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Identification of novel deletion breakpoints bordered by segmental duplications in the NF1 locus using high resolution array-CGH
  1. K K Mantripragada1,
  2. A-C Thuresson2,
  3. A Piotrowski1,
  4. T Díaz de Ståhl1,
  5. U Menzel1,
  6. G Grigelionis1,
  7. R E Ferner3,
  8. S Griffiths4,
  9. L Bolund5,
  10. V Mautner6,
  11. M Nordling7,
  12. E Legius8,
  13. D Vetrie9,
  14. N Dahl2,
  15. L Messiaen10,
  16. M Upadhyaya4,
  17. C E G Bruder1,
  18. J P Dumanski1
  1. 1Department of Genetics and Pathology, Rudbeck Laboratory, Uppsala University, 751 85 Uppsala, Sweden
  2. 2Clinical Genetics, Uppsala University Children’s Hospital, 751 85 Uppsala, Sweden
  3. 3Department of Clinical Neurosciences, 2nd Floor Hodgkin Building, Guy’s, King’s, and St. Thomas’ School of Medicine, London Bridge, London, SE1 1UL, UK
  4. 4Institute of Medical Genetics, University of Wales College of Medicine, Heath Park, Cardiff, CF14 4XN, UK
  5. 5Department of Human Genetics, University of Aarhus, Wilhelm Meyers Alle Bld. 240, 8000, Aarhus C, Denmark
  6. 6Department of Neurology, Klinikum Nord Ochsenzoll, Hamburg, Germany
  7. 7Department of Clinical Genetics, Gothenburg University, Sahlgrenska University Hospital East, SE-41685 Gothenburg, Sweden
  8. 8Center of Human Genetics, Catholic University of Leuven, Herestraat 49, B-3000 Leuven, Belgium
  9. 9The Wellcome Trust Sanger Institute, Wellcome Trust Genome Campus, Hinxton, Cambridge, CB101SA, UK
  10. 10Department of Genetics, Medical Genomics Laboratory, University of Alabama at Birmingham, AL, USA
  1. Correspondence to:
 Jan P Dumanski
 Department of Genetics and Pathology, Rudbeck Laboratory, Building C11, 3rd Floor, Uppsala University, 751 85 Uppsala, Sweden; jan.dumanski{at}genpat.uu.se

Abstract

Background: Segmental duplications flanking the neurofibromatosis type 1 (NF1) gene locus on 17q11 mediate most gene deletions in NF1 patients. However, the large size of the gene and the complexity of the locus architecture pose difficulties in deletion analysis. We report the construction and application of the first NF1 locus specific microarray, covering 2.24 Mb of 17q11, using a non-redundant approach for array design. The average resolution of analysis for the array is ∼12 kb per measurement point with an increased average resolution of 6.4 kb for the NF1 gene.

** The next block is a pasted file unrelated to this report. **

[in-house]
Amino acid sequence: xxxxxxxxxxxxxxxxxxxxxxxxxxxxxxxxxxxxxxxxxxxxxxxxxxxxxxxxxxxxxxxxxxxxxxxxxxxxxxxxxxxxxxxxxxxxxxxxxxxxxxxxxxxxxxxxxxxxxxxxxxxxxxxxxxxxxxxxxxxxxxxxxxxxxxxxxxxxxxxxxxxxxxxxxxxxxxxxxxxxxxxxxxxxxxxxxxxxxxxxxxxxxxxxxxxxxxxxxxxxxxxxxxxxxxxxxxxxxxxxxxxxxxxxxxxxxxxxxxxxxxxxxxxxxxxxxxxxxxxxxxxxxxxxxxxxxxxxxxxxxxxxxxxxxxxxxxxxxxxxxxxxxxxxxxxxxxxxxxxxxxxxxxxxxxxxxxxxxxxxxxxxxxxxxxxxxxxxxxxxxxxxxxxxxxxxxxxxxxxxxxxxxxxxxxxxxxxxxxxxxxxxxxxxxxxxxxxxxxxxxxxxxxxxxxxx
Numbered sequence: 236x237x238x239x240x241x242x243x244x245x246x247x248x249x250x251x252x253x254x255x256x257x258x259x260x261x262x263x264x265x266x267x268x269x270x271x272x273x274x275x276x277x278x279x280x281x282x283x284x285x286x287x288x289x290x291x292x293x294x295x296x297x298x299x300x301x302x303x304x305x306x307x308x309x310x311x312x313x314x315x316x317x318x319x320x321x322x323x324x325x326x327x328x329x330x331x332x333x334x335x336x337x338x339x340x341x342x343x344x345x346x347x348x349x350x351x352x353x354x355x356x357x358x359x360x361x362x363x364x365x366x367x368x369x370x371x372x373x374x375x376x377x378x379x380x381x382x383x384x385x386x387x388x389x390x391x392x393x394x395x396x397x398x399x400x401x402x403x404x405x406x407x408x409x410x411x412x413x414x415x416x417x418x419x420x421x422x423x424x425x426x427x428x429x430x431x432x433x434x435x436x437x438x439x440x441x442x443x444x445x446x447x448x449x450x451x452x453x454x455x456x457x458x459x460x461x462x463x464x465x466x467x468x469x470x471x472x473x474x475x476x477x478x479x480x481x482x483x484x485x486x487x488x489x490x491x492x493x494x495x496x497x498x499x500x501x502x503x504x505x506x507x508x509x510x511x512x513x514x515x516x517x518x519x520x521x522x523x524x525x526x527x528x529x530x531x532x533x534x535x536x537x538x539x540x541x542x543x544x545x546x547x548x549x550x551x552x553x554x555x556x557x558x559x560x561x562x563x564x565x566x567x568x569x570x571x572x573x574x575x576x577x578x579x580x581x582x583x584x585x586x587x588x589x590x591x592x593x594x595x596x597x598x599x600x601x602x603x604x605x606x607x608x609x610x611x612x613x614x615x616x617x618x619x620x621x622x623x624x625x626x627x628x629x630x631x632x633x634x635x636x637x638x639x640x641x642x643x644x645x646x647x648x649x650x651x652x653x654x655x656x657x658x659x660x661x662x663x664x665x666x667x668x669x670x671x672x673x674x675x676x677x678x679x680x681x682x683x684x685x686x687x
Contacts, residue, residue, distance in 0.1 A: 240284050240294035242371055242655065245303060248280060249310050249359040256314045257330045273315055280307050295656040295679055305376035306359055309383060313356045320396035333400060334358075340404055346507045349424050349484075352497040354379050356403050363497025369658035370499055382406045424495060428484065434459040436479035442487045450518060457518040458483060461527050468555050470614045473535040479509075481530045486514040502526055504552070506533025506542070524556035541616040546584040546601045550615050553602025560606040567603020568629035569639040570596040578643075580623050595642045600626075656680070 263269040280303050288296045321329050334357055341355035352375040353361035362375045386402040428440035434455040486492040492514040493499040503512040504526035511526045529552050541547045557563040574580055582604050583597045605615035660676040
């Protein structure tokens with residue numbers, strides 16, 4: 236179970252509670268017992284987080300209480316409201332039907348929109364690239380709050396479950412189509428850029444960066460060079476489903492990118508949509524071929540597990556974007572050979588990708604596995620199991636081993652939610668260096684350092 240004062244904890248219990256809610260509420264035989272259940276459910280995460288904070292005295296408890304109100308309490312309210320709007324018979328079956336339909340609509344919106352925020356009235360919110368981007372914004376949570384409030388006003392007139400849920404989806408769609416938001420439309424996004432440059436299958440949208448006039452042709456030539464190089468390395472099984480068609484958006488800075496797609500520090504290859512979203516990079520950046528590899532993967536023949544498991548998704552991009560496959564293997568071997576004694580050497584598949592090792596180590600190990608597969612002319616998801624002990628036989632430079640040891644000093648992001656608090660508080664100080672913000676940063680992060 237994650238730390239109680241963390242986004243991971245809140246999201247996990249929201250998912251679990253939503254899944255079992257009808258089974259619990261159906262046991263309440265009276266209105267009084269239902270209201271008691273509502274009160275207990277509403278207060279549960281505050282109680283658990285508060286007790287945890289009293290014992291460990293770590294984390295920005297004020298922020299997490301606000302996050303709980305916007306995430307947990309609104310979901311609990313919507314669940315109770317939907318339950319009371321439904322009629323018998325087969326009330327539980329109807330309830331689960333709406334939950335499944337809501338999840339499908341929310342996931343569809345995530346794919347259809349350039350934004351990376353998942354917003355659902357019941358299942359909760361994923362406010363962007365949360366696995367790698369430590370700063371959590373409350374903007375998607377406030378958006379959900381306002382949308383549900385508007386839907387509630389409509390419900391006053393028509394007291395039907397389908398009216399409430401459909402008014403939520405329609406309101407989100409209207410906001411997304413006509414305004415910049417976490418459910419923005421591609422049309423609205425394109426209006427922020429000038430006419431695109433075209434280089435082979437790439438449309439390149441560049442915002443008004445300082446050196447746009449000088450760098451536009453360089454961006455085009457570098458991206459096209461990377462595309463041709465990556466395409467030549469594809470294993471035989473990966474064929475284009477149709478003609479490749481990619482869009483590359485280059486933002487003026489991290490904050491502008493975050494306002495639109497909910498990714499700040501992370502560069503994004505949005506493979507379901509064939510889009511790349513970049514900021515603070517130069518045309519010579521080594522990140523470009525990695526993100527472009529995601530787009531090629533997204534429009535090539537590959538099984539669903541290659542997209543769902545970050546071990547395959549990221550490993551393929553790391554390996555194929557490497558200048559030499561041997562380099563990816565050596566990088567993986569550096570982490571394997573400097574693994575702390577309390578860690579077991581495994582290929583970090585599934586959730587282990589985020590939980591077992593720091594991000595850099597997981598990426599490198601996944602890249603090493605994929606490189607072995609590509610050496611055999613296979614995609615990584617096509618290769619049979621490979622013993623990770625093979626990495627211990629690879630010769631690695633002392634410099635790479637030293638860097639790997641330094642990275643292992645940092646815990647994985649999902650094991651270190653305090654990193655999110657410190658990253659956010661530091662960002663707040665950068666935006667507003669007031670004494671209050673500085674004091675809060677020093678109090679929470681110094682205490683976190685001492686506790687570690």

Methods: We performed a comprehensive array-CGH analysis of 161 NF1 derived samples and identified heterozygous deletions of various sizes in 39 cases. The typical deletion was identified in 26 cases, whereas 13 samples showed atypical deletion profiles.

Results: The size of the atypical deletions, contained within the segment covered by the array, ranged from 6 kb to 1.6 Mb and their breakpoints could be accurately determined. Moreover, 10 atypical deletions were observed to share a common breakpoint either on the proximal or distal end of the deletion. The deletions identified by array-CGH were independently confirmed using multiplex ligation-dependent probe amplification. Bioinformatic analysis of the entire locus identified 33 segmental duplications.

Conclusions: We show that at least one of these segmental duplications, which borders the proximal breakpoint located within the NF1 intron 1 in five atypical deletions, might represent a novel hot spot for deletions. Our array constitutes a novel and reliable tool offering significantly improved diagnostics for this common disorder.

  • ANILFR, average normalised inter-locus fluorescence ratio
  • LCR, low copy repeat
  • LCR-D, LCR-distal
  • LCR-P, LCR-proximal
  • MLPA, multiplex ligation-dependent probe amplification
  • MPNST, malignant peripheral nerve sheath tumours
  • NF1, neurofibromatosis type 1
  • NPA, normalised peak area
  • UTR, untranslated region
  • array-CGH
  • malignant peripheral nerve sheath tumours
  • multiplex ligation-dependent probe amplification
  • neurofibromatosis type 1
  • segmental duplications

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Footnotes

  • Published Online First 8 June 2005

  • This work was supported by grants from the U.S. Army Medical Research and Materiel Command, award no. W81XWH-04-1-0269, the Swedish Cancer Foundation, Wallenberg Consortium North, The Swedish Research Council, and Uppsala University to JPD, and the Danish Platform for Integrated Biology of the Danish Basic Research Fund to LB

  • Competing interests: none declared

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